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A Walk in the Park

To be born again, you need

an incarnation specialist—a team

from the Bureau of Needles

to thread you through—

Your next life


on an axle of light—which Plato likens

to a turning

spindle—what was that?

I mean I knew

what a spindle was

from fairytales—how it could

draw blood

from a testing finger, put a kingdom

to sleep—

but what

did it actually do, how

did a spindle look

in real life?

I didn’t know. As with

so many things:

there was fact and there was

a believed-in dream . . .

Everyone had one back

in the ancient day,


When we had to weave

our living-shrouds

by hand.

“A slender rounded rod

with tapered ends,” Google said. Plato’s,

so heavy with thread,

when viewed from the side,

looked like a top—

though most diagrams assumed

the hawk-lord view . . .

Moon thread, threads of the planets, earth thread.

Your thread.

Everyone else’s.

Nested one

inside the other, a roulette


If a thread could be spun from liquid light was what

I kept thinking—

imagining a sluice

of electric souls

between the earth wheel’s rims—

there “I”

was a piece of water, Necessity

wheeled it around―Necessity,

who was married to Time,

according to the Greeks—

Mother of the Fates.

Who would measure and cut your

paradise/shithole extra life . . .

Well we all have ways of thinking about



anyone’s born—

though the answer’s always Life’s


—how it hurls and breaks!

on Death’s No there

there . . .

which sounded kind of Buddhist.

According to the teachings we were all

each other’s dream . . .

And soon able to vanish—

out of the real

without having to die, whoever’s

got the cash—to pay

the brainier ones

to perfect

a Heaven upload—to cut

the flesh-tether

and merge

with the Cloud . . .

Well we all have ways of constructing


To walk alone deep in thought

in a city park

was mine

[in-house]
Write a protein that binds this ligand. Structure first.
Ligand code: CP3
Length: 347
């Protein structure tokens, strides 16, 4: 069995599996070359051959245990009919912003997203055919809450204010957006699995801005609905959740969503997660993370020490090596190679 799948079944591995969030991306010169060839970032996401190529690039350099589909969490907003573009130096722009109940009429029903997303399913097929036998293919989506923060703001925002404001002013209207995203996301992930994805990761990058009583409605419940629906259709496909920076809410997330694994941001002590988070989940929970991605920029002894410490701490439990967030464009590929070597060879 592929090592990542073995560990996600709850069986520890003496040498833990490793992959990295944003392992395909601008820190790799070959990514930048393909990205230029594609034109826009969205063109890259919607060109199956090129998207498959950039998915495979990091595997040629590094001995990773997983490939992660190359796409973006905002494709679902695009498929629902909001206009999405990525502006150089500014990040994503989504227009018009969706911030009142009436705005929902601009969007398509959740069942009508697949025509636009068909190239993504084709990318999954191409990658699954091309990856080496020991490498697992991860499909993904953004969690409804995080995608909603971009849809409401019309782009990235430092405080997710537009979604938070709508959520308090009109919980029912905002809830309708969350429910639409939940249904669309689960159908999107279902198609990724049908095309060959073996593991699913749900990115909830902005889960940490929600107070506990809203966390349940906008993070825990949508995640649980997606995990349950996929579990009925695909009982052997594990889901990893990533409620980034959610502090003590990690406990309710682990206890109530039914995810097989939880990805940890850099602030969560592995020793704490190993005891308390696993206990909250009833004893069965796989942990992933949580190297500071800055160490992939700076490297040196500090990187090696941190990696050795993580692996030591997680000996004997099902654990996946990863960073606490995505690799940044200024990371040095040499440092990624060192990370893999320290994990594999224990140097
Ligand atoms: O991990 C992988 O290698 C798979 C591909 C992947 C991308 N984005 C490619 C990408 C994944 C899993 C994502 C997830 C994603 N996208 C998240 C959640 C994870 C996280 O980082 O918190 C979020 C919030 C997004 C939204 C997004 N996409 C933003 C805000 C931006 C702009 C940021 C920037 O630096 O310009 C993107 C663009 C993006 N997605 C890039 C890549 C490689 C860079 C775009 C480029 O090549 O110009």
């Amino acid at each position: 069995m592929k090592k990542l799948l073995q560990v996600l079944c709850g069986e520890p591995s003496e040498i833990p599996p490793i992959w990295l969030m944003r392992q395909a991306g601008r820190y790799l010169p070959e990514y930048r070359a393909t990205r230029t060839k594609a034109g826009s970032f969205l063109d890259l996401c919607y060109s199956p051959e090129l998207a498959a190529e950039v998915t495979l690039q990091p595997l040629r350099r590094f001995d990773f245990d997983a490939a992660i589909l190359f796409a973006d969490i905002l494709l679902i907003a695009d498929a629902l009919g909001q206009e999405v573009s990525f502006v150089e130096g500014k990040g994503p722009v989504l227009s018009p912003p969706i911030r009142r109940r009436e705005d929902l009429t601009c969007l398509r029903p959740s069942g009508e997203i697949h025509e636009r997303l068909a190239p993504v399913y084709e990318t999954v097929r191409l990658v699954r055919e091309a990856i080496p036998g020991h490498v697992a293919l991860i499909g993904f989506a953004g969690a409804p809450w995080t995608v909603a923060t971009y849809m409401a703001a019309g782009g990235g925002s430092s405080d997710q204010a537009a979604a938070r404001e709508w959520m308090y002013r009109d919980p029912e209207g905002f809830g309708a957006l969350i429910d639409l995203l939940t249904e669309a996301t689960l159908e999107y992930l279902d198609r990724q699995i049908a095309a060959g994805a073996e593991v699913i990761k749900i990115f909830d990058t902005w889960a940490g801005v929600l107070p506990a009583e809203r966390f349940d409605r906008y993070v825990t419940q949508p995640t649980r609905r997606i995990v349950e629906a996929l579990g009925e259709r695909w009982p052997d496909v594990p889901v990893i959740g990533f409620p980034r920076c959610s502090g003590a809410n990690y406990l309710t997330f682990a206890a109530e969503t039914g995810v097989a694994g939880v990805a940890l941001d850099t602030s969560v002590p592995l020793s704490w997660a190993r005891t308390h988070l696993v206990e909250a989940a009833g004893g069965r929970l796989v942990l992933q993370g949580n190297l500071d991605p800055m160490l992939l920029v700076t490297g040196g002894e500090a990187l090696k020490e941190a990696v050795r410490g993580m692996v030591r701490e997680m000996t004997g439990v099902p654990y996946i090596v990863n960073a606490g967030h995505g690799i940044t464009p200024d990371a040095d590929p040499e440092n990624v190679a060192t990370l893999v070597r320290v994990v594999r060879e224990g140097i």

for several minutes,

thinking about spindles.

Before the vigilance

of my genderdoom

kicked in—

And there it was, the fact

of my body—

all the nerves in my scalp

and the back of my neck,


How it moved through space, how close

it had strayed

toward concealing trees, my

female body—

Jewish body—inside my

White body—dreaming

it was bodiless

and free . . .

to decide:

how and when and if to fill the body’s hungers—

how and when and if to walk in thought

through the wilderness . . .

before Death comes with its Fascist hat.

Its Park Murder Misogyny hat.

Its Year Ten in a Nursing Home stink


However spun

my thread . . .


it’s peaceful here

in the park, at midday,

if a little deserted. I’ve moved to the path that winds

closer to the street.

Thinking again, as I always do,

about body and soul. How they

infuse each other. How they

hate each other.

How most people pledge allegiance

to one or the other.

How painful it was! To be

such a split



From Now Do You Know Where You Are by Dana Levin, published by Copper Canyon Press; used with the permission of the publisher.


Photo by B. A. Van Sise

DANA LEVIN was born in Los Angeles in 1965 and grew up in the Mojave Desert. She is the author of five books of poetry, most recently Now Do You Know Where You Are (Copper Canyon Press, 2022). Levin is a recipient of many fellowships and awards, including from the NEA and the Library of Congress, as well as the Rona Jaffe, Whiting, and Guggenheim Foundations. She serves as Distinguished Writer in Residence at Maryville University in St. Louis.


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